– Gavin Williamson, education secretary

But Matt Western, Labour shadow universities minister, said the replacement for the EU study scheme was of “the status of Erasmus minus” because it did not receive a multi-year funding settlement.

Said Western: “The Conservatives’ rhetoric on the Turing Scheme does not match the reality. Ministers are claiming to be targeting disadvantaged students, but their scheme provides no support to cover tuition fees which will make accessing this incredible opportunity impossible for many students.

“Boris Johnson has yet again created confusion for students and chaos for providers, by breaking his promise to keep the UK in the Erasmus+ programme. Subjecting the Turing Scheme to future spending decisions will create financial uncertainty for organisations and young people. It’s being reduced to the status of Erasmus minus.

“Ministers must ensure the Turing Scheme maintains the UK’s status as an attractive study destination for international students, protecting and promoting our global standing.”

Vivienne Stern, director of Universities UK International, said: “The Turing Scheme will create opportunities for thousands of students from all over the country to gain experience working and studying abroad.

“We know from the evidence we have collected that students who have such experience tend to do better academically and in employment outcomes – and that this is especially true for students from disadvantaged backgrounds. We want more students from a wider range of backgrounds to get these sorts of opportunities and believe, that if they do, the UK economy will benefit in the long run.”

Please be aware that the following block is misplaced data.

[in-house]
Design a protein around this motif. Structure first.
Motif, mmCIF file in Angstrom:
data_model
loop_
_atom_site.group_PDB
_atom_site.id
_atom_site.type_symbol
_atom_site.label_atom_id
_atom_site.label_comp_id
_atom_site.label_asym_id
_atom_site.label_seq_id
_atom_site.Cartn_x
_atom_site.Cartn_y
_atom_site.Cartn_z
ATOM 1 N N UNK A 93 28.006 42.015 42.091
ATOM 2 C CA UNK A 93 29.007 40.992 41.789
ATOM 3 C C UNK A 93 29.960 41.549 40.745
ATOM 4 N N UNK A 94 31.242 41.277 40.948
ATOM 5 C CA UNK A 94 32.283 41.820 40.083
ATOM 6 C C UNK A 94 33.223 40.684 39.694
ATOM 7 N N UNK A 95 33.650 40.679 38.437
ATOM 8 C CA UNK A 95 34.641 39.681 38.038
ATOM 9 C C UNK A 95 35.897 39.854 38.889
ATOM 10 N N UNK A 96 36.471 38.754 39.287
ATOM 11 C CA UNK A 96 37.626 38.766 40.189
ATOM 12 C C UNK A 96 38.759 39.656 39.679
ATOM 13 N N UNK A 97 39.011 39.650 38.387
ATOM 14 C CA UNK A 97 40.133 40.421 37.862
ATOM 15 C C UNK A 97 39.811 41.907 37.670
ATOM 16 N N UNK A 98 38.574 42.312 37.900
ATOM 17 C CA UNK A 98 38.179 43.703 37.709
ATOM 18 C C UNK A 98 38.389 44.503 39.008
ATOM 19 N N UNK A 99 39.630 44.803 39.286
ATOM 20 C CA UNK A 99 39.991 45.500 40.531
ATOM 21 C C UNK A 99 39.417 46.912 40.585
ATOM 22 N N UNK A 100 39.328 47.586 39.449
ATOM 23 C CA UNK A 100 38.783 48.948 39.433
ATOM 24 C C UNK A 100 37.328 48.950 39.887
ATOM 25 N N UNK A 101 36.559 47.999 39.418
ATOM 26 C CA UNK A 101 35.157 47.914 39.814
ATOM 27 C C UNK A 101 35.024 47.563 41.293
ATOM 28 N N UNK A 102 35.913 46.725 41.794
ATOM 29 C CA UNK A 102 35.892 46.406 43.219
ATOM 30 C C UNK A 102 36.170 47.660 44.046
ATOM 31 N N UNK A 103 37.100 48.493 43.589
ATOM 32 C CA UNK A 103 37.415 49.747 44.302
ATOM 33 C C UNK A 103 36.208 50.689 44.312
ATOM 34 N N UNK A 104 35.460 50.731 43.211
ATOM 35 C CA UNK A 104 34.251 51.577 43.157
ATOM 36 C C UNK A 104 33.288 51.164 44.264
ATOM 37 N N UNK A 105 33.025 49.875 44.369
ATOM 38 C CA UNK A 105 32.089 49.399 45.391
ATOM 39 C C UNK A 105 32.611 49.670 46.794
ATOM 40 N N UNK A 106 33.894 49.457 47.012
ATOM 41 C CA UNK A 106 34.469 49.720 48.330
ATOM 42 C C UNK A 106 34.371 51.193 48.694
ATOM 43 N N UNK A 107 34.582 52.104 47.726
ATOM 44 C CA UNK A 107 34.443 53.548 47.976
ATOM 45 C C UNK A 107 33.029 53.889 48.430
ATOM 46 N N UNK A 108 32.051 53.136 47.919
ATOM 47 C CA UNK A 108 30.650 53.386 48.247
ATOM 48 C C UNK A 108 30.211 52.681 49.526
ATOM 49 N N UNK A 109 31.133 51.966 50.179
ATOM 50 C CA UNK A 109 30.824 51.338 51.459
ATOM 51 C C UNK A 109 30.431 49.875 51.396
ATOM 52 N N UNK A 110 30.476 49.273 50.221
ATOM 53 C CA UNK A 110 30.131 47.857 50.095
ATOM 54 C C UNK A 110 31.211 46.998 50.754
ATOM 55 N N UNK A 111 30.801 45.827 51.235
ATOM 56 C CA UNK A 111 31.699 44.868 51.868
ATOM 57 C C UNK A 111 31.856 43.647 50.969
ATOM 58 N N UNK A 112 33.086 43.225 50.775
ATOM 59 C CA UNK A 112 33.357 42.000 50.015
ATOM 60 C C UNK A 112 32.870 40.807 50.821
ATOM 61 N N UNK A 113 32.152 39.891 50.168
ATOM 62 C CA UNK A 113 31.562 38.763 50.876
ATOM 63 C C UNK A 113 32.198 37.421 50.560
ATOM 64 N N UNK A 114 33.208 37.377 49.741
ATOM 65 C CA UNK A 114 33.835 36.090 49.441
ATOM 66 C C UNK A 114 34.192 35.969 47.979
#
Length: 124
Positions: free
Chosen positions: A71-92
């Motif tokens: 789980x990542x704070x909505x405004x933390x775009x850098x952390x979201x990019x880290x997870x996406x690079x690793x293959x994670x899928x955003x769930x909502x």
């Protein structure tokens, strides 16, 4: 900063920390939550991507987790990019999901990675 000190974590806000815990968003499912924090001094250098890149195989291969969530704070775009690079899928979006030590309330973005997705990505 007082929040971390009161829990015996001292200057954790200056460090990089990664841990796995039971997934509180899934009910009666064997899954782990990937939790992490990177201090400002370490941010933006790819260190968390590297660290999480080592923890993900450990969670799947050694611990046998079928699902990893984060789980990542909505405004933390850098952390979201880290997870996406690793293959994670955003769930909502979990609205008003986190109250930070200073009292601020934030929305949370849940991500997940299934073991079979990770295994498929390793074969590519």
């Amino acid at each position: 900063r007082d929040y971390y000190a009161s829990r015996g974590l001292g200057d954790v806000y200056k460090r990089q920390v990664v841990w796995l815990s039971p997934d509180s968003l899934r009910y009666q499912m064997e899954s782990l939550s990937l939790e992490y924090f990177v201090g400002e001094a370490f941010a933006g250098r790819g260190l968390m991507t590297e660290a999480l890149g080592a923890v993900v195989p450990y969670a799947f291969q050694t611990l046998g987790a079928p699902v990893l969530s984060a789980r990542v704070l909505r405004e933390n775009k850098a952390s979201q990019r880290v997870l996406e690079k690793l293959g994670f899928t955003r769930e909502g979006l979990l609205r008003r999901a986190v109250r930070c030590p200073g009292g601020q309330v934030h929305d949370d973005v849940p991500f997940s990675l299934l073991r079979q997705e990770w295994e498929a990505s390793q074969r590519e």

Assessors considered bids against a scoring system with three metrics: how prospective projects will deliver value for taxpayers, ‘level up’ access and opportunity, and further “Global Britain”. Each criterion accounts for 50%, 30% and 20% of the total assessment, respectively. Proposals must also be “new or additional to existing practices within the sending organisation”, the DfE stipulated.

Funding is open to students registered at universities in the UK and British Overseas Territories and enrolled on full- or part-time degree-level or tertiary-level qualifications. Students do not need to be UK nationals to be eligible.

Universities will gain £315 per Turing participant for the first 100 participants and £180 per student above that number.

Grants to cover living costs will vary depending on the sector, length of placement and destination country. Students on placements that last longer than eight weeks in “high cost” countries will attract £380 per month, with students from disadvantaged backgrounds receiving 30% bigger grants. Disadvantaged students will receive funding to cover the cost of visas, passports, and health insurance. For those with SEND, the scheme will fund up to 100% of costs that are “directly related to their additional needs”. Travel grants will cover at least 70% of costs.